Posts Tagged ‘hedge funds’

High Flying: A look at hedge fund manager pay

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Expert Perspective by Grahall’s OmniMedia Editorial Board
 
Reporters Nelson D. Schwartz  and Louise Story tell us in the March 31, 2010 article for the New York Times, “Pay of Hedge Fund Managers Roared Back Last Year” that: “… top hedge fund managers rode the 2009 stock market rally to record gains, with the highest-paid 25 earning a collective $25.3 billion, according to the survey, beating the old 2007 high by a wide margin.   The earnings figures reflect Absolute Return magazine’s estimation of each money manager’s portion of fees as well as the increased value of his personal stake in his fund.”

Hedge fund managers receive compensation in two ways.  First, managers receive an administrative fee – which may range from 1.5% to 3%, but generally equal  2% of total assets under management.  While at first blush 2% may not sound like much, but considering fund assets are measured in billions of dollars, 2% amounts to a significant amount of money.  The second way that hedge fund managers are paid is a performance fee.  Generally (but not always), hedge fund performance fees equal 20% of the gains realized by the fund.  Because this 20% is usually leveled on profits over a “high water mark” – the highest value previously reached by the fund – ensuring that the hedge fund manager and the investors are perfectly aligned, hedge fund performance fees are essentially the purest form of pay for performance.   Think of it this way, when the stock market is down, those fund managers who have lost less than the market decline are seen as “successful” (and, of course, as long as there are assets in their funds all these guys will get paid the administrative fee). Hedge fund performance fees don’t work that way.  Hedge funds must have year over year growth to pay a performance fee.  Hedge fund managers only get paid their performance fees if they make money for their investors.

But hedge fund managers are doing more than just making money for themselves and their investors.  For example, recently, Cerebrus bought Chrysler, saving tens of thousands of jobs.  In addition, they may also be taking on an activist investment role that can provide additional benefits.  Activist hedge fund managers acquired a substantial stake in the company and forced changes to improve corporate governance and better balance the governance power between boards and management.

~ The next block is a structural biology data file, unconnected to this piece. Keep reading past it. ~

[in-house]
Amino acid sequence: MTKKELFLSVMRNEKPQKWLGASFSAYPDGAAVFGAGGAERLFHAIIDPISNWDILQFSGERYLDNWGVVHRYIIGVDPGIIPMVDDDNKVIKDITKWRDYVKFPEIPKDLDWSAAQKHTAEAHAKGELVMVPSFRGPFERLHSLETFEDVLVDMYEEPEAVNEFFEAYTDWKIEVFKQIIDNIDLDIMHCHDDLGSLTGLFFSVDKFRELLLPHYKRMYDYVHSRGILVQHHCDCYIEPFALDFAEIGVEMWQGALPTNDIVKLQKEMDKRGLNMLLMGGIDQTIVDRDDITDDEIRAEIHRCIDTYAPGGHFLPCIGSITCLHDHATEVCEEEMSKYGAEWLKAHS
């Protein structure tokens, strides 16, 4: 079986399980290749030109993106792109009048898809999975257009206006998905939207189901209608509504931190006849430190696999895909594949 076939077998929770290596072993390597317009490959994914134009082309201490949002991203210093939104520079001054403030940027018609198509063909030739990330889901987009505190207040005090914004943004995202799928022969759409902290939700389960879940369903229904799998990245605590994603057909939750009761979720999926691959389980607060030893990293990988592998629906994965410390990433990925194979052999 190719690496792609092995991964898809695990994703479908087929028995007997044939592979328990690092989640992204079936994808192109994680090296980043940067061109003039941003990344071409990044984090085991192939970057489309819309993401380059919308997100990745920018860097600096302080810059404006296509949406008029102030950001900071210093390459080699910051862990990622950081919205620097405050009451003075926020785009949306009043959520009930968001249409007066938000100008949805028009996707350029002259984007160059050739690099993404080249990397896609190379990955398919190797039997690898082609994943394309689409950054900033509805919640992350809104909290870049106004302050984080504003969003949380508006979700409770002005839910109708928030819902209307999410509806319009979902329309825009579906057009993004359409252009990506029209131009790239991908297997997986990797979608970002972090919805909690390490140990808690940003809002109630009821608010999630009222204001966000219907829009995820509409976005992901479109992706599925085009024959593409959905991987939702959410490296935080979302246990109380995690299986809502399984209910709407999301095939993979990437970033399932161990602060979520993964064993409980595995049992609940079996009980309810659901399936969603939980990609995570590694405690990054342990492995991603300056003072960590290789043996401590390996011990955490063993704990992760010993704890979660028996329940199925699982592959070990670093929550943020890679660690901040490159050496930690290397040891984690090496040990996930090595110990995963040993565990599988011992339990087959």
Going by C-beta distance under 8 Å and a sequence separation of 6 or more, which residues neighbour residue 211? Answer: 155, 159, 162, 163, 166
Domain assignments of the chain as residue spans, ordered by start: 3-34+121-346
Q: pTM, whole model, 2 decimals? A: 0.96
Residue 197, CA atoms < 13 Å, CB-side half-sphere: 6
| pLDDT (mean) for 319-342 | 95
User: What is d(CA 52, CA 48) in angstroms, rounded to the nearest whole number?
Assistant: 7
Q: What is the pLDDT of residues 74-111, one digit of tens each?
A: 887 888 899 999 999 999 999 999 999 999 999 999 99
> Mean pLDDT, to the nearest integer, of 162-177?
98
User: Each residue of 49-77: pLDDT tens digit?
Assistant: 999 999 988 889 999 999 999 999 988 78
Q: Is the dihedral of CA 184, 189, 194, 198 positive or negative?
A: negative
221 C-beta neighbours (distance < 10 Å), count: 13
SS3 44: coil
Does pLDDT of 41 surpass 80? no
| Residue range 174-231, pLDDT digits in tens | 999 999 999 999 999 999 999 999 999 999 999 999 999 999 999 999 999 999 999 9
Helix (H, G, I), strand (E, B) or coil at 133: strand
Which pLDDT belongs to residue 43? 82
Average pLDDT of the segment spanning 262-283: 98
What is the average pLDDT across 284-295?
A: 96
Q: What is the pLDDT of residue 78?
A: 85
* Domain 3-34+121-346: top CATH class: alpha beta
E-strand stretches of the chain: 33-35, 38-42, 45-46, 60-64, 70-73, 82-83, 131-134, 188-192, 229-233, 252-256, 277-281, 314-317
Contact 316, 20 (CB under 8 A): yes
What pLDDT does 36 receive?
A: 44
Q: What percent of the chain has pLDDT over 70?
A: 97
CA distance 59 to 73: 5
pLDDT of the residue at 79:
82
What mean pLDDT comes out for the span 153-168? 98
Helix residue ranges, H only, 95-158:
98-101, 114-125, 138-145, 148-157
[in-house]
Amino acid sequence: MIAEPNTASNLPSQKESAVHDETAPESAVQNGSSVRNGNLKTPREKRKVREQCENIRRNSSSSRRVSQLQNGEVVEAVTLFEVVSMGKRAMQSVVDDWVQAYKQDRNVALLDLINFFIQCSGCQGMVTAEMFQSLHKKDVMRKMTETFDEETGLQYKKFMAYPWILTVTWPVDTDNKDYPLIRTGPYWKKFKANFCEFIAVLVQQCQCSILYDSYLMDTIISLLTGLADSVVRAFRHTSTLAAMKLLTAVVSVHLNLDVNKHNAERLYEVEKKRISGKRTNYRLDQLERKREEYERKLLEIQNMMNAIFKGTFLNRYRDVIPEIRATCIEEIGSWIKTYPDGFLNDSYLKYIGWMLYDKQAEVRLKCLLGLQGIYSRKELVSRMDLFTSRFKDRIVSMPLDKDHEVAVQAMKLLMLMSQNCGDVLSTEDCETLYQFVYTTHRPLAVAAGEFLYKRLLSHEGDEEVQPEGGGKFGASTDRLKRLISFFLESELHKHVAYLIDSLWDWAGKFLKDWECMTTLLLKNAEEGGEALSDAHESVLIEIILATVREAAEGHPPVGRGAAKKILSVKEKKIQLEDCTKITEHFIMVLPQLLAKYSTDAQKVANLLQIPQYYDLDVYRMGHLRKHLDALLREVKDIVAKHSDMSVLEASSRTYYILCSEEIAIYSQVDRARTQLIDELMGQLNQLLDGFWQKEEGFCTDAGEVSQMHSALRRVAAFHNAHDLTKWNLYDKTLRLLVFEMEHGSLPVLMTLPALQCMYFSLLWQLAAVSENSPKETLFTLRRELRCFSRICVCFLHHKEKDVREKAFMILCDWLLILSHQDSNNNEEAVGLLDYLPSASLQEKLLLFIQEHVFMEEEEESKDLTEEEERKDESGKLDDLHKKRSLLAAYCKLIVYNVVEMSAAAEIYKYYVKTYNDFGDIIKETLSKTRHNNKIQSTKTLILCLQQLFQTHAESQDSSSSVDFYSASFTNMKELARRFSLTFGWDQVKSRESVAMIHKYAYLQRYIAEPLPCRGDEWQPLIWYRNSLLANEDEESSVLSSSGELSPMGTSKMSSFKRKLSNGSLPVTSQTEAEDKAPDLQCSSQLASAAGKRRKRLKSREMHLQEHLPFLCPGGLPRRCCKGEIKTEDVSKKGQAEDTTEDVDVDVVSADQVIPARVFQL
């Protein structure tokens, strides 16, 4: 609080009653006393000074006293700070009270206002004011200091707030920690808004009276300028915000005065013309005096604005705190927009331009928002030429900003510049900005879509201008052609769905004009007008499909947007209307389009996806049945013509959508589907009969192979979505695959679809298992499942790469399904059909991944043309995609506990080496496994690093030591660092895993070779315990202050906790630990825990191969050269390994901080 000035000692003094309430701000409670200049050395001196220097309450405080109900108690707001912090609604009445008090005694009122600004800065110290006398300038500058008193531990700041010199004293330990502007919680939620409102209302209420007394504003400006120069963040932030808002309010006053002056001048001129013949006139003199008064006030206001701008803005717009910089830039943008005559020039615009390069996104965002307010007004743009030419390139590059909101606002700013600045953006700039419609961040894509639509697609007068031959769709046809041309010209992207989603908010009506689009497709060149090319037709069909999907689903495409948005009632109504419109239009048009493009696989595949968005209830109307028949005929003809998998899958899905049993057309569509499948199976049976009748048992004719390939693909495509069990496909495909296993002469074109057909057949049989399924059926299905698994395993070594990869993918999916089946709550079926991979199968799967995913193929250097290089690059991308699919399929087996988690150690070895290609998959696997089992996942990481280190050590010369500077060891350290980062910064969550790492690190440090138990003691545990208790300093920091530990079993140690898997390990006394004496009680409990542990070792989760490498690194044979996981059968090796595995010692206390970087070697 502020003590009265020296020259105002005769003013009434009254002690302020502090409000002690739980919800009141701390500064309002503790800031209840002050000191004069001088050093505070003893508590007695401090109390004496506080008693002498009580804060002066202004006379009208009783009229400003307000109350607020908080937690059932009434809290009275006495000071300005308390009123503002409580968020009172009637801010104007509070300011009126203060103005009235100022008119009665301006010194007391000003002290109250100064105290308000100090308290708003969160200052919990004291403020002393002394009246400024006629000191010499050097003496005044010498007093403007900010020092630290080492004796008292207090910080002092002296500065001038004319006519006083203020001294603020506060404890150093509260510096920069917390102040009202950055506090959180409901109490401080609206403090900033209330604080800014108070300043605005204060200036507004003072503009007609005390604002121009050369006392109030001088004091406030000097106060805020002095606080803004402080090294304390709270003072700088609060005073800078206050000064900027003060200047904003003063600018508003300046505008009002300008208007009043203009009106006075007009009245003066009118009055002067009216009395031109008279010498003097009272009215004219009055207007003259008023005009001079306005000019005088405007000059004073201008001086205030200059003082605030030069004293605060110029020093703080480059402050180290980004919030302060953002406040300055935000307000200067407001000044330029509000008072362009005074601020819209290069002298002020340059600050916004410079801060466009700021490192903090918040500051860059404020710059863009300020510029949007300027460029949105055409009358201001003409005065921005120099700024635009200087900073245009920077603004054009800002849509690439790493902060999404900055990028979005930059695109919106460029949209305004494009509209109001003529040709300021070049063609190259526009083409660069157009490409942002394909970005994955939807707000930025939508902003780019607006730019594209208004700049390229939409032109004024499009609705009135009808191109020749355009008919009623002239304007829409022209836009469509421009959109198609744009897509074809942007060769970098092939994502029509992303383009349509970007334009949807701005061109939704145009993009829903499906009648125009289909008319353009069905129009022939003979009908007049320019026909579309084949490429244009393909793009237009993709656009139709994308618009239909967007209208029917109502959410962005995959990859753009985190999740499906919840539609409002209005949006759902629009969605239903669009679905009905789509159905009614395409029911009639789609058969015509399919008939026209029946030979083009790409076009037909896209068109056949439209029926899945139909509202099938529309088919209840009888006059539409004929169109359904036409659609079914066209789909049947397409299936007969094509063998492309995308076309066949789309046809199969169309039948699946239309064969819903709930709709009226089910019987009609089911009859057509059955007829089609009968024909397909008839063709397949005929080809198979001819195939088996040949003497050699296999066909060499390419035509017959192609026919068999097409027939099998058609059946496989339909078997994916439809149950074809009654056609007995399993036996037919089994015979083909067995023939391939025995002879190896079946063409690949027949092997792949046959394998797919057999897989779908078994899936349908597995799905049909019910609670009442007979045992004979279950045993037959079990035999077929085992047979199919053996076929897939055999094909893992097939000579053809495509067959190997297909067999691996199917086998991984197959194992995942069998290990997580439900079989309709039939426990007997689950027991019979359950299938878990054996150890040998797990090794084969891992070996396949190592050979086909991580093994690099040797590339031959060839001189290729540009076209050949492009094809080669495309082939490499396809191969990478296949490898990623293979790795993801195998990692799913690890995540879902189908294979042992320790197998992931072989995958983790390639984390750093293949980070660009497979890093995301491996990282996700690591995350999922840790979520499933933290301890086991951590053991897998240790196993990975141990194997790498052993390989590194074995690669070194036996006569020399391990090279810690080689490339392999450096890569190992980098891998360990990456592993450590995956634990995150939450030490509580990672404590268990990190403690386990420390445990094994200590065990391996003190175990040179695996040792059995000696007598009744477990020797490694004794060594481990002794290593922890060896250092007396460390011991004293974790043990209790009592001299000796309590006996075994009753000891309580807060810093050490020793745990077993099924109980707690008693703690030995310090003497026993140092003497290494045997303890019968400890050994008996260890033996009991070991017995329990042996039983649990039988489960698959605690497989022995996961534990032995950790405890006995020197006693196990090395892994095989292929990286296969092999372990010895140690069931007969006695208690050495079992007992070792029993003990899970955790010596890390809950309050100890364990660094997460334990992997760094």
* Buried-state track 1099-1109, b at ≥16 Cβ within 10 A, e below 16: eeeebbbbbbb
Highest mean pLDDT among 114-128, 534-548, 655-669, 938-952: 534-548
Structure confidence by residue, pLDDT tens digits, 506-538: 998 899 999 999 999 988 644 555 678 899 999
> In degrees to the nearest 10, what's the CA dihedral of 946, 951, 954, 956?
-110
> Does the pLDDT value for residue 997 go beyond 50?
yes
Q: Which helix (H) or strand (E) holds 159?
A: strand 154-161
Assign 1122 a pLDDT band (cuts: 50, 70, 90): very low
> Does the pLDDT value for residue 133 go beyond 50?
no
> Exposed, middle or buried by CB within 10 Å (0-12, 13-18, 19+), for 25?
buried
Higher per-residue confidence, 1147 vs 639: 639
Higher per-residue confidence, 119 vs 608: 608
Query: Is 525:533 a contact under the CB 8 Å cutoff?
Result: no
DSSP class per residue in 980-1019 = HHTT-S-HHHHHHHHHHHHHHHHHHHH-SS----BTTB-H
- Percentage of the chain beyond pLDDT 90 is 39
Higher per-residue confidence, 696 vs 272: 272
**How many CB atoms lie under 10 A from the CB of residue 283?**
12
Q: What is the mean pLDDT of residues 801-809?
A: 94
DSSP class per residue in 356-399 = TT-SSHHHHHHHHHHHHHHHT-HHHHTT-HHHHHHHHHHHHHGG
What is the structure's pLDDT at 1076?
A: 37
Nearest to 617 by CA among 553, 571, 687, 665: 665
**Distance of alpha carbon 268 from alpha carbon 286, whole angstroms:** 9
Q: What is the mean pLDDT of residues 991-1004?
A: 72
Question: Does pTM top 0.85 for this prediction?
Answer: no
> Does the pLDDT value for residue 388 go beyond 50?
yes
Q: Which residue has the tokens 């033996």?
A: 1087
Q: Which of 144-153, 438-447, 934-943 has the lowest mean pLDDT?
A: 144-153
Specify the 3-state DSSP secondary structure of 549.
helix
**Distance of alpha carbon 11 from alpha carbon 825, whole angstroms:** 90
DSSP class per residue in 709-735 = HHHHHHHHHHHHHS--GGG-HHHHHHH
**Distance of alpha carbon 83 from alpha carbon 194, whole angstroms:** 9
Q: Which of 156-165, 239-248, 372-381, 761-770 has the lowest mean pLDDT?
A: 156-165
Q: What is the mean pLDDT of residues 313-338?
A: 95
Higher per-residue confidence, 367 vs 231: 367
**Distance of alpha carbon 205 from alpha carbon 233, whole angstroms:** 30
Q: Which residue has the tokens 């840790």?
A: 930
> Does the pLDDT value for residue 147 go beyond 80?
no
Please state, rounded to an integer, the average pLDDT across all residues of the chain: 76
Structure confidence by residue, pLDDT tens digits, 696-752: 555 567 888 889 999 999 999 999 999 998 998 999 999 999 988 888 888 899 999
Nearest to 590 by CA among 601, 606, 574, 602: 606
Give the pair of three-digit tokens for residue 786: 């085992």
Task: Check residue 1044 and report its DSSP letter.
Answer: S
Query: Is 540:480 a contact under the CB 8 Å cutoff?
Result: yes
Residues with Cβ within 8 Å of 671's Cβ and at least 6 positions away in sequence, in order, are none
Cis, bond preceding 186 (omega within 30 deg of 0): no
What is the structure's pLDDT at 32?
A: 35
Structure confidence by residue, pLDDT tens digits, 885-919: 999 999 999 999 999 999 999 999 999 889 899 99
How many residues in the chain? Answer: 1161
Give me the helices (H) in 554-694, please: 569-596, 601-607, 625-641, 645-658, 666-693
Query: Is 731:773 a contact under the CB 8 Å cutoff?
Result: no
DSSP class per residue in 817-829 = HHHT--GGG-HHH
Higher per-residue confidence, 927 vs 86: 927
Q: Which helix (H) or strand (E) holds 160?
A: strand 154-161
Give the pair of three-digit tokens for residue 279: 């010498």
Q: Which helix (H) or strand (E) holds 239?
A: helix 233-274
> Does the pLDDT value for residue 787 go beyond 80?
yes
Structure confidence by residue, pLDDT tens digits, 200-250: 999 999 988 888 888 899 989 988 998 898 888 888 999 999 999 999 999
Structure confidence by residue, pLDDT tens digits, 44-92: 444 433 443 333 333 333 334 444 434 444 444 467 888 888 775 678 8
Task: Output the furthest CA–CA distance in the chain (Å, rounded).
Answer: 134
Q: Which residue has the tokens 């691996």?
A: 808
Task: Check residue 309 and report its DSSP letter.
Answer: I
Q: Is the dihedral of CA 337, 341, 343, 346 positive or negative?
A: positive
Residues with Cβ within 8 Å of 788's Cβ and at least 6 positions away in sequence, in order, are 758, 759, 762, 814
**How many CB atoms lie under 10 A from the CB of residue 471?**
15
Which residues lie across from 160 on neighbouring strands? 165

The article “The Top 10 Activist Hedge Funds (to piggyback)” says with regard to activist hedge funds:

“1. They do enormous research to find out where there is hidden value. Activists typically go into situations where the value isn’t immediately clear and they press management to unlock that value (for instance, trying to get MCD to sell real estate holdings, etc).
2. They are typically long-term holders. Activists tend to take 5% or greater positions in a company. They aren’t able to nimbly trade out of those positions.
3. They usually publish their research in 13D filings in order to convince shareholders to vote their way.”

The article lists top activist funds as (among others):  Shamrock, Jana Partners, Carl Icahn, Chapman Capital,  and Third Point.

How, why and when hedge fund managers get paid is an important part of the fund structure and the hedge fund firm’s ability to retain its top talent.  Hedge fund principals would benefit from understanding the marketplace for talent. 
Towards this end, Grahall, has partnered with Holt Private Equity Consultants  and MM & K to create a groundbreaking survey, the “2010 Alternative Asset Management Compensation Survey”.  The survey collects and reports data on compensation design, as well as compensation levels; in other words, we will disclose both “how” compensation is paid, as well as  “how much” compensation is paid.

All information will remain confidential and survey participants will receive several free reports and other special discounts.  If you are interested in participating or want more information go to the survey home page or contact:

Grahall Consulting Partners, LLC
Claudia DeFrancisco, claudia.defrancisco@grahall.com, (617) 455-2307
Michael Graham, michael.graham @grahall.com, (917) 453-4341

Holt Private Equity Consultants
R. Michael Holt (Mike) , (239) 594-5530

MM & K Ltd.
Andy Manktellow, Andrew.Manktellow@mm-k.com,  020 7283 7200